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Old 06-19-2007, 07:19 PM   #21 (permalink)
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Default Re: Big Tank. Big Lights. Need Advice.

I don't know exactly how quiet the setup has to be, but if you're wanting MH lighting for an 8 foot tank, I'd go with 2-3 of these setups:
http://www.plantlightinghydroponics....ht-p-1251.html
With two, you'd have 800 watts and decent coverage over the entire area of the tank, especially since these are hydroponic lights and are designed to cover a large area. The drawback is that these are run on magnetic ballasts which get HOT and have a low hum to them.

If it has to be absolutely silent (or as close as possible to slient), you could do a retrofit with 4 of these guys: http://www.hellolights.com/index.asp...ROD&ProdID=530
Plus two of these guys: http://www.aquacave.com/detail.aspx?ID=1173
The plus of this is that it uses an electronic ballast which is quieter and produces less heat. Not sure if that's a factor for you, but if it is, then that's a viable option. A tad more expensive, but...

Oh...and fans. Lots and lots and lots of fans.
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Old 06-19-2007, 08:02 PM   #22 (permalink)
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Default Re: Big Tank. Big Lights. Need Advice.

The lots and lots of fans is an issue. Which is the main reason I'm now leaning more toward a fluorescent option of some sort. Also, hums have got to be kept to a minimum or we risk the chance of introducing noise into our audio recording. Whatever the lights, they will be split in half and each have their own dedicated 20 amp circuit.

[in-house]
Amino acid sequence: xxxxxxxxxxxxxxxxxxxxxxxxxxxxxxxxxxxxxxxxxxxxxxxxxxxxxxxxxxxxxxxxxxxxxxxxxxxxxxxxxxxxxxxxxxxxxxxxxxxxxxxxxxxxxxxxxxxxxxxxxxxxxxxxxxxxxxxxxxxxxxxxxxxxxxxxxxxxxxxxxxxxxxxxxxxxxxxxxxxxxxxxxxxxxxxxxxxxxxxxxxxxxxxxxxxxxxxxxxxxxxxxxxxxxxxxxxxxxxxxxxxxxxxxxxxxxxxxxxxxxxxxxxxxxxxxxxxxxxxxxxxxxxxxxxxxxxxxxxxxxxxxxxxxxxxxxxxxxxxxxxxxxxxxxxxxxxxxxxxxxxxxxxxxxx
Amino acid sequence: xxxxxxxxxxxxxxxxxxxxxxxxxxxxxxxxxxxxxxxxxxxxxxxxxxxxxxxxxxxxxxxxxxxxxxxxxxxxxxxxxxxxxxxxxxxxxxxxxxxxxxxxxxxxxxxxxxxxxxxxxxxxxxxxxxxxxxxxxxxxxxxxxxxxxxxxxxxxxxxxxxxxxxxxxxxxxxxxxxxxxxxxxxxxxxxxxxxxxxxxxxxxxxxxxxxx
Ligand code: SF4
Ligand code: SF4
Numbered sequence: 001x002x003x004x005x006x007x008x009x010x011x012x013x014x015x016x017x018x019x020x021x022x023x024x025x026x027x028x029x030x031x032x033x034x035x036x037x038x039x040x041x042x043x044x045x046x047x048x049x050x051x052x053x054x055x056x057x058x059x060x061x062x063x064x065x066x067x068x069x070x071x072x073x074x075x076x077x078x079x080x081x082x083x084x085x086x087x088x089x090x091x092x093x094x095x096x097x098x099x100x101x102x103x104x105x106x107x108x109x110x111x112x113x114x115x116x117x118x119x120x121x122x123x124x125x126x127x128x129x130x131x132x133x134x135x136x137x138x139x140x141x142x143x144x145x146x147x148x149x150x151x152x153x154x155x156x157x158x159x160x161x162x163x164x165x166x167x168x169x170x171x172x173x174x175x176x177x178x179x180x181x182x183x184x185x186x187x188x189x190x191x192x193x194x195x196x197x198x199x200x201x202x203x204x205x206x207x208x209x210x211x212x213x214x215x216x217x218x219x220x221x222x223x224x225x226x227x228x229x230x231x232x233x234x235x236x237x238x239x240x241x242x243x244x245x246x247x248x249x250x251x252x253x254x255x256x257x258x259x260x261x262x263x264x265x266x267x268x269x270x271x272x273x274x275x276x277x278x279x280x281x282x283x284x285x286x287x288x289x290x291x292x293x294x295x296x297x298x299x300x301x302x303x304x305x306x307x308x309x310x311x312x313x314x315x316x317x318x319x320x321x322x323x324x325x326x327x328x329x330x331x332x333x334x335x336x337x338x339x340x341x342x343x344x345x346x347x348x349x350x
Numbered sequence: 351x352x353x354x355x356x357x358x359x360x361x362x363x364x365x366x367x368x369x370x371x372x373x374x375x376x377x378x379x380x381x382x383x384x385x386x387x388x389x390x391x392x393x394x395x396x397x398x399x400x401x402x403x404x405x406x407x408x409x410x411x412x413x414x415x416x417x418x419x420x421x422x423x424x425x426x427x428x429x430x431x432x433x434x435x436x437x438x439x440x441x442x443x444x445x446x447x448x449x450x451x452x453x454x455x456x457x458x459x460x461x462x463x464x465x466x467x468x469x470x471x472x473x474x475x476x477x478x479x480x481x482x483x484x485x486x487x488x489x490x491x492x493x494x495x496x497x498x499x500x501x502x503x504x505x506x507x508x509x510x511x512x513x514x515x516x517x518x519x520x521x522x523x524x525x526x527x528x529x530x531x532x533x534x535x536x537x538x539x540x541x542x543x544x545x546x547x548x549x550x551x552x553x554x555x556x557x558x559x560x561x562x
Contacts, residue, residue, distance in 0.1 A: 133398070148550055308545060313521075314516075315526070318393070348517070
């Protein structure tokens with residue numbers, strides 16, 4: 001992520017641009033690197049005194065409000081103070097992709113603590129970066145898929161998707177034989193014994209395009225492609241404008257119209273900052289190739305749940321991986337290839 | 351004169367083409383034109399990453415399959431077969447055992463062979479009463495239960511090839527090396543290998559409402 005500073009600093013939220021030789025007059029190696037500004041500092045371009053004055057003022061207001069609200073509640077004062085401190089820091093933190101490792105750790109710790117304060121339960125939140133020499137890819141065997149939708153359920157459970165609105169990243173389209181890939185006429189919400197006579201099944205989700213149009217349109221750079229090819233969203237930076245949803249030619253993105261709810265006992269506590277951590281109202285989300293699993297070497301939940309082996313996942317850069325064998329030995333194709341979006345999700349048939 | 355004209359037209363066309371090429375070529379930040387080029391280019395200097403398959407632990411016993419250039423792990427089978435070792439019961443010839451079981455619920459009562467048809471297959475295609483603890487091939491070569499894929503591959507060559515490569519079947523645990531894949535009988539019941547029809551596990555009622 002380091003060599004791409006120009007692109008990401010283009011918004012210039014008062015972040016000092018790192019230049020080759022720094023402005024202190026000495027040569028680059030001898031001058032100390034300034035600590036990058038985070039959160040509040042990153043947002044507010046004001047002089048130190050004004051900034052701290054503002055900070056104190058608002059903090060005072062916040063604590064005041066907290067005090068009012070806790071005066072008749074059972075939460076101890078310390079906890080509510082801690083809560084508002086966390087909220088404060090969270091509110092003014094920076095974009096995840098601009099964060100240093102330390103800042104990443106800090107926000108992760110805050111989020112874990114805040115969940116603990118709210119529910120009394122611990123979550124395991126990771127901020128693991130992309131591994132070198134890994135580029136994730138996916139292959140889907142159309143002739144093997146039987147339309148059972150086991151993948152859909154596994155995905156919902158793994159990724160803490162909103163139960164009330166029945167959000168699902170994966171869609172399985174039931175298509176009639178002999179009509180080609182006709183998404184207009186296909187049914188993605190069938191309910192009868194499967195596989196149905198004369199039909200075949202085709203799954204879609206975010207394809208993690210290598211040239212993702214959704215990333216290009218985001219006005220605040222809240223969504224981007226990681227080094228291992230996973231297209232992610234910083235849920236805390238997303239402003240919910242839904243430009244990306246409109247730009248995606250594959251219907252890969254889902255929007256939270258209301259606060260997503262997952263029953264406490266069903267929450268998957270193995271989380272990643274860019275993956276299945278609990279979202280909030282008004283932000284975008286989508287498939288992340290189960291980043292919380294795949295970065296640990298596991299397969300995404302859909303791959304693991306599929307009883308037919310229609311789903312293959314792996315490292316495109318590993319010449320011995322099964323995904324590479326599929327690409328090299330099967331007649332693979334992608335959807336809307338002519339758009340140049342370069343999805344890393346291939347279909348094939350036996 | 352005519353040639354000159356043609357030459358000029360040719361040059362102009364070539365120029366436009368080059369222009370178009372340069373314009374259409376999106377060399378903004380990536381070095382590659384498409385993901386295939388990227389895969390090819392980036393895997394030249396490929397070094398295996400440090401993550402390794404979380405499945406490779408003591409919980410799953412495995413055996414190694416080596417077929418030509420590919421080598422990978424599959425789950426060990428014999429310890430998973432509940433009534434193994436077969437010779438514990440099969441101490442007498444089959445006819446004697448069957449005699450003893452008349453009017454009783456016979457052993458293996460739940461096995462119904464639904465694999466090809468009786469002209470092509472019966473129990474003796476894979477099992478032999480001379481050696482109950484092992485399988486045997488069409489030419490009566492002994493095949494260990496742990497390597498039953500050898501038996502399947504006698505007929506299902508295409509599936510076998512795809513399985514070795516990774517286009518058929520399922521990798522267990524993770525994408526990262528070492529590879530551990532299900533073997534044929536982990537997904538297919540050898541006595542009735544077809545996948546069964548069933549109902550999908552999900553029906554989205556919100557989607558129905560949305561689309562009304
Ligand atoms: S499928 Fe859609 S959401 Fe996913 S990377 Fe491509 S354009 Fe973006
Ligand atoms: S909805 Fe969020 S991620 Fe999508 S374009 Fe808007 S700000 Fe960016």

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Old 06-20-2007, 06:27 AM   #23 (permalink)
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Default Re: Big Tank. Big Lights. Need Advice.

There will be no appreciable difference between HO T5 and PC ballasts with respect to hum, RF, or heat (ballasts or bulbs... ballasts do get warm, bulbs get hot). They're pretty well interchangeable.

T5 and PC will both work. I suspect that T5s are a little more efficient, meaning you may get the same result with a slightly lower total wattage. If you go T5, get Tek reflectors. If you go PC, get AHsupply reflectors. They're both significantly better than any DIY you're likely to come up with. They're designed to efficiently direct the light down, into the tank and don't allow it to go everywhere else.
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Old 06-20-2007, 07:44 AM   #24 (permalink)
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Default Re: Big Tank. Big Lights. Need Advice.

I think the issue with using PC/T5s is getting penetration through 30-32" of water. That's a DEEP tank. Heck, my tank is 36" LONG!
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Old 06-20-2007, 09:20 AM   #25 (permalink)
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Default Re: Big Tank. Big Lights. Need Advice.

CFs and T-5s are great, but honestly, I'd NEVER try to light a tank that deep with fluorescents. The visual effect of MH's is far superior too - nice shimmering light such as would be seen in nature. MH's do produce heat - but so does every other form of lighting. 1 watt of electricity produces about 1 watt of heat, minus the small percentage that actually gets converted to light. Fluorescent fixtures spread this heat out over the entire length of the tube, and as a result, the surface of the bulb isn't that warm. MH bulbs are quite small, meaning the same heat energy is emitted from a much smaller surface that is much hotter. In an enclosed space, such as over an aquarium, the heat produces from an equivalent # of watts is almost identical, irrespective of the type of lighting used. 1,000W of CF light will produce as much heat and use as much electricity as 1,000W of MH. Anyone that says otherwise doesn't understand the basic science behind the issues.